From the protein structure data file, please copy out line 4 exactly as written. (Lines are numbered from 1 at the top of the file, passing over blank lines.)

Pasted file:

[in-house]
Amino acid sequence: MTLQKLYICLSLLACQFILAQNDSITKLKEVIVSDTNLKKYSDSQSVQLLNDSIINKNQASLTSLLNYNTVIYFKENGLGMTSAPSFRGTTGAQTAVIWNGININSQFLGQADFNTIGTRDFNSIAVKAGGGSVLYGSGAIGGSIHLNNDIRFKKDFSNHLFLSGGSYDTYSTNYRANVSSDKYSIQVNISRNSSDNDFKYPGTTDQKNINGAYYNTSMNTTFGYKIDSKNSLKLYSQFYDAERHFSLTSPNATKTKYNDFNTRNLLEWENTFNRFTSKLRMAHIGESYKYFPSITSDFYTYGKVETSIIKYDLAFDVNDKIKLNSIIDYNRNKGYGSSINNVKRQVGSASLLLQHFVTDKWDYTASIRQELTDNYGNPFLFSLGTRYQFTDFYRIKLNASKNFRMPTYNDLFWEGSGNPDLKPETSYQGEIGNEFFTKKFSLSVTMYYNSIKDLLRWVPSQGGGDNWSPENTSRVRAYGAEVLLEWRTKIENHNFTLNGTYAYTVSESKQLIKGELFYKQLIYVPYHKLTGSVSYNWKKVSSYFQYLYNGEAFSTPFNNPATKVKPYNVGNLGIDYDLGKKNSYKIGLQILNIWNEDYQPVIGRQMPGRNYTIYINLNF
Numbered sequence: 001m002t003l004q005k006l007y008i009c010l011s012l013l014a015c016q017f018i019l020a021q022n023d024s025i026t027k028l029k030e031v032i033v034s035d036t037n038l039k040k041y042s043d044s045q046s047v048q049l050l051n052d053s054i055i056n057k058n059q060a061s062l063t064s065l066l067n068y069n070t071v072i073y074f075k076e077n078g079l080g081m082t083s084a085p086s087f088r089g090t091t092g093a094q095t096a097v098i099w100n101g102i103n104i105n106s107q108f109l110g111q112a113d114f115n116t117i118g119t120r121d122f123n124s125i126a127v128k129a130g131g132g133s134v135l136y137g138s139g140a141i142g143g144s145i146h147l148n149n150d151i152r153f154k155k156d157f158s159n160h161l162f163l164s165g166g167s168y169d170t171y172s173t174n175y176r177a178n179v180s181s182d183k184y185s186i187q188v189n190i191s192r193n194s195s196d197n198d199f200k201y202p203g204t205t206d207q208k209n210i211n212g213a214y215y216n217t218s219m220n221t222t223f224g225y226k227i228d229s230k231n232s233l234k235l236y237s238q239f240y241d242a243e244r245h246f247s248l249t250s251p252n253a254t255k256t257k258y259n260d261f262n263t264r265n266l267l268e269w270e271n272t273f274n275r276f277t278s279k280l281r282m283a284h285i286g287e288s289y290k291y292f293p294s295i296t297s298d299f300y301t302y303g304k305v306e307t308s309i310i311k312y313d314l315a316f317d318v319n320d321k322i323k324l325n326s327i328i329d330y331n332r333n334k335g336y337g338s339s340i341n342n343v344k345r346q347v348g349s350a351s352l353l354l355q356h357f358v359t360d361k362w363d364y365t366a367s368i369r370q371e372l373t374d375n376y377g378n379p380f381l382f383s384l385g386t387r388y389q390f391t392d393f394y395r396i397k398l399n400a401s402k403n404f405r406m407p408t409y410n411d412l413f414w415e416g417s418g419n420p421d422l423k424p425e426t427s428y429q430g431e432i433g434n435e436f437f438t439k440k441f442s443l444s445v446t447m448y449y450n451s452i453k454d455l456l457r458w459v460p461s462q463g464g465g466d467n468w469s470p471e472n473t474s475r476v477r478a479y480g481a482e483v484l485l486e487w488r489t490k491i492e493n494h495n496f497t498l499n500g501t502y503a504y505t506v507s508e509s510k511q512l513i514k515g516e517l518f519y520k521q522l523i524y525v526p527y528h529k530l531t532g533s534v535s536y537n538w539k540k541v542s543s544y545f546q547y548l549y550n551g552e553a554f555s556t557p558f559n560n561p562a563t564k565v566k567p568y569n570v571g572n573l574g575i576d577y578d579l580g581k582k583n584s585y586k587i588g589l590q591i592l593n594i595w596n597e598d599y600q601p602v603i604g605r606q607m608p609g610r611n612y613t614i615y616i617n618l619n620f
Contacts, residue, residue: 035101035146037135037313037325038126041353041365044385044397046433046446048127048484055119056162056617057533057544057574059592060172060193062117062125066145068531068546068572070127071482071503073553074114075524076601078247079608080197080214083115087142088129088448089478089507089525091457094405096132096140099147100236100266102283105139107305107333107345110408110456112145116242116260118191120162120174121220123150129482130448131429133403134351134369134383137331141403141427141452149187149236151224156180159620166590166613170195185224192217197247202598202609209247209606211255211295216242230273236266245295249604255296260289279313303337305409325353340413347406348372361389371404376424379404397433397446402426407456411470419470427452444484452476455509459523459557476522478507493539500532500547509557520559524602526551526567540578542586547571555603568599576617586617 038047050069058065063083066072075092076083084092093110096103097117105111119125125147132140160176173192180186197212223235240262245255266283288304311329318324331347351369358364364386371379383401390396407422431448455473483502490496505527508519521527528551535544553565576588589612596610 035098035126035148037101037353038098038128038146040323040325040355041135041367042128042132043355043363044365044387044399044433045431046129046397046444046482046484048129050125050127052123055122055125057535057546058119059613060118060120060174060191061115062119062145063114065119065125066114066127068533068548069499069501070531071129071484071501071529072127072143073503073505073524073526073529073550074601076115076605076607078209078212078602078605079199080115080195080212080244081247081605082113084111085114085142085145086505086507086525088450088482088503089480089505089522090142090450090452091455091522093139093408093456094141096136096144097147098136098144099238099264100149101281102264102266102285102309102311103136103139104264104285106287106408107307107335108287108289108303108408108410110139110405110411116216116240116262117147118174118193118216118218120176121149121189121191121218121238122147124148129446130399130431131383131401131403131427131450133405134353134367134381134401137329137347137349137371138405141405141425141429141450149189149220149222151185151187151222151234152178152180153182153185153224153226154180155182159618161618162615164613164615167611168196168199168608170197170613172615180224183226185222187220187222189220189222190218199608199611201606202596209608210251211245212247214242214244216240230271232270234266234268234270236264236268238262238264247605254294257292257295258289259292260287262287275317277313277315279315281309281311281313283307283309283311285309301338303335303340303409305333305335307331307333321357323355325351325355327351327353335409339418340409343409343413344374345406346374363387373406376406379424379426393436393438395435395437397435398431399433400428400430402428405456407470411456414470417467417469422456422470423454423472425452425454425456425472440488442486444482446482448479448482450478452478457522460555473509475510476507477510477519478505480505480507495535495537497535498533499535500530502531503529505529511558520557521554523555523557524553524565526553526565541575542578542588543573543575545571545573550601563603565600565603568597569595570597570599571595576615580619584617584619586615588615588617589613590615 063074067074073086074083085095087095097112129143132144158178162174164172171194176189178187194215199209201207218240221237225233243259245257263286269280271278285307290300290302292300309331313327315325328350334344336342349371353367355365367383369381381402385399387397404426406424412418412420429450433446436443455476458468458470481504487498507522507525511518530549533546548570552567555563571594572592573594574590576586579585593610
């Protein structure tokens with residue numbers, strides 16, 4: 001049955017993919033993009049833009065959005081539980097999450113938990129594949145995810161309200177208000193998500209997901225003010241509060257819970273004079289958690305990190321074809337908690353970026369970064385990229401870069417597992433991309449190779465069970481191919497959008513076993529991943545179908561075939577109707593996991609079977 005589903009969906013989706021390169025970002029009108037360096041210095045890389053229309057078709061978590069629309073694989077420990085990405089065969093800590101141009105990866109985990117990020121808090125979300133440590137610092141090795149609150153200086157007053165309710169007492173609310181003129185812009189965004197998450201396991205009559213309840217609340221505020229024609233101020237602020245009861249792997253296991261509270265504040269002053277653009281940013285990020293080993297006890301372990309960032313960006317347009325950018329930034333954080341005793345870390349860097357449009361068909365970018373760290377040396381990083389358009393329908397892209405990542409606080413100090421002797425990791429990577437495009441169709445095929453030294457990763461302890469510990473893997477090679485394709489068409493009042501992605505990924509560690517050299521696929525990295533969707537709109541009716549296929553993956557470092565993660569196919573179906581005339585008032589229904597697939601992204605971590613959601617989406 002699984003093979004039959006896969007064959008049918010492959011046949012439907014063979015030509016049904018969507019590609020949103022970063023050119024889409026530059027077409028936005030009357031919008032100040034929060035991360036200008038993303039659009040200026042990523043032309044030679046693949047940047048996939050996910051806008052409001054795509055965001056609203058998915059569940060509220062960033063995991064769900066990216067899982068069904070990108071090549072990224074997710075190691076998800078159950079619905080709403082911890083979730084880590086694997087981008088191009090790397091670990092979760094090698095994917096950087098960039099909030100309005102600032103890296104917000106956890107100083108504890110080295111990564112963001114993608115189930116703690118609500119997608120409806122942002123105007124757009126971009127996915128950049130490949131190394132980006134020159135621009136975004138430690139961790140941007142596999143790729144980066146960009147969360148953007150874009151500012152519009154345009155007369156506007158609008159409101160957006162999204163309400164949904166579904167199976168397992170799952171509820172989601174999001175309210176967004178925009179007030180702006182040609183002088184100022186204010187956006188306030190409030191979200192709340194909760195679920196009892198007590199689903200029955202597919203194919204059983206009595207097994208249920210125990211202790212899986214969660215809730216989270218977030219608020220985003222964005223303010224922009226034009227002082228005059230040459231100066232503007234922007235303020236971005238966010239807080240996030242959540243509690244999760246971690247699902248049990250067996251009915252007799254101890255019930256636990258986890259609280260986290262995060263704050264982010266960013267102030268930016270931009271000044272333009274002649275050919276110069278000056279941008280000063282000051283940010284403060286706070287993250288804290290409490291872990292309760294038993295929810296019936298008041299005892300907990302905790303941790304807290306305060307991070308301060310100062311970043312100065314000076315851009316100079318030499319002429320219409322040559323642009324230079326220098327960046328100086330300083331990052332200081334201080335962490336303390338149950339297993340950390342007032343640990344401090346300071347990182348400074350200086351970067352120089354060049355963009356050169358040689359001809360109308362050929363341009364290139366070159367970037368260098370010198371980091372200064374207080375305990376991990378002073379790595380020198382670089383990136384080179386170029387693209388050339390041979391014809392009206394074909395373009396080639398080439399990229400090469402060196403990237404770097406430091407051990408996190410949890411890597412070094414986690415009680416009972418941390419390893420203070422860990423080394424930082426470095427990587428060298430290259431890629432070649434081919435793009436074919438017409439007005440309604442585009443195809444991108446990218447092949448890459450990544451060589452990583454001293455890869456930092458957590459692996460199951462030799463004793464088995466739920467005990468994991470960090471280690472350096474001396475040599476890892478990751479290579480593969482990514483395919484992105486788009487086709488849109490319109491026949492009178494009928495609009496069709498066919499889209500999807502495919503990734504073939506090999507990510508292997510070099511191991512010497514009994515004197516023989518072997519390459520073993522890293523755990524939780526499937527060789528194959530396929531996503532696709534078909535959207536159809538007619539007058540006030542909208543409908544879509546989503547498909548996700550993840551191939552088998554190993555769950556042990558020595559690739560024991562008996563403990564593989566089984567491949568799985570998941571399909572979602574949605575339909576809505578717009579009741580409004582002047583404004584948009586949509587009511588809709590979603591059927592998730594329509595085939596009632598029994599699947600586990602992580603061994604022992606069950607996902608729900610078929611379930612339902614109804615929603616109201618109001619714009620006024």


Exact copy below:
Contacts, residue, residue: 035101035146037135037313037325038126041353041365044385044397046433046446048127048484055119056162056617057533057544057574059592060172060193062117062125066145068531068546068572070127071482071503073553074114075524076601078247079608080197080214083115087142088129088448089478089507089525091457094405096132096140099147100236100266102283105139107305107333107345110408110456112145116242116260118191120162120174121220123150129482130448131429133403134351134369134383137331141403141427141452149187149236151224156180159620166590166613170195185224192217197247202598202609209247209606211255211295216242230273236266245295249604255296260289279313303337305409325353340413347406348372361389371404376424379404397433397446402426407456411470419470427452444484452476455509459523459557476522478507493539500532500547509557520559524602526551526567540578542586547571555603568599576617586617 038047050069058065063083066072075092076083084092093110096103097117105111119125125147132140160176173192180186197212223235240262245255266283288304311329318324331347351369358364364386371379383401390396407422431448455473483502490496505527508519521527528551535544553565576588589612596610 035098035126035148037101037353038098038128038146040323040325040355041135041367042128042132043355043363044365044387044399044433045431046129046397046444046482046484048129050125050127052123055122055125057535057546058119059613060118060120060174060191061115062119062145063114065119065125066114066127068533068548069499069501070531071129071484071501071529072127072143073503073505073524073526073529073550074601076115076605076607078209078212078602078605079199080115080195080212080244081247081605082113084111085114085142085145086505086507086525088450088482088503089480089505089522090142090450090452091455091522093139093408093456094141096136096144097147098136098144099238099264100149101281102264102266102285102309102311103136103139104264104285106287106408107307107335108287108289108303108408108410110139110405110411116216116240116262117147118174118193118216118218120176121149121189121191121218121238122147124148129446130399130431131383131401131403131427131450133405134353134367134381134401137329137347137349137371138405141405141425141429141450149189149220149222151185151187151222151234152178152180153182153185153224153226154180155182159618161618162615164613164615167611168196168199168608170197170613172615180224183226185222187220187222189220189222190218199608199611201606202596209608210251211245212247214242214244216240230271232270234266234268234270236264236268238262238264247605254294257292257295258289259292260287262287275317277313277315279315281309281311281313283307283309283311285309301338303335303340303409305333305335307331307333321357323355325351325355327351327353335409339418340409343409343413344374345406346374363387373406376406379424379426393436393438395435395437397435398431399433400428400430402428405456407470411456414470417467417469422456422470423454423472425452425454425456425472440488442486444482446482448479448482450478452478457522460555473509475510476507477510477519478505480505480507495535495537497535498533499535500530502531503529505529511558520557521554523555523557524553524565526553526565541575542578542588543573543575545571545573550601563603565600565603568597569595570597570599571595576615580619584617584619586615588615588617589613590615 063074067074073086074083085095087095097112129143132144158178162174164172171194176189178187194215199209201207218240221237225233243259245257263286269280271278285307290300290302292300309331313327315325328350334344336342349371353367355365367383369381381402385399387397404426406424412418412420429450433446436443455476458468458470481504487498507522507525511518530549533546548570552567555563571594572592573594574590576586579585593610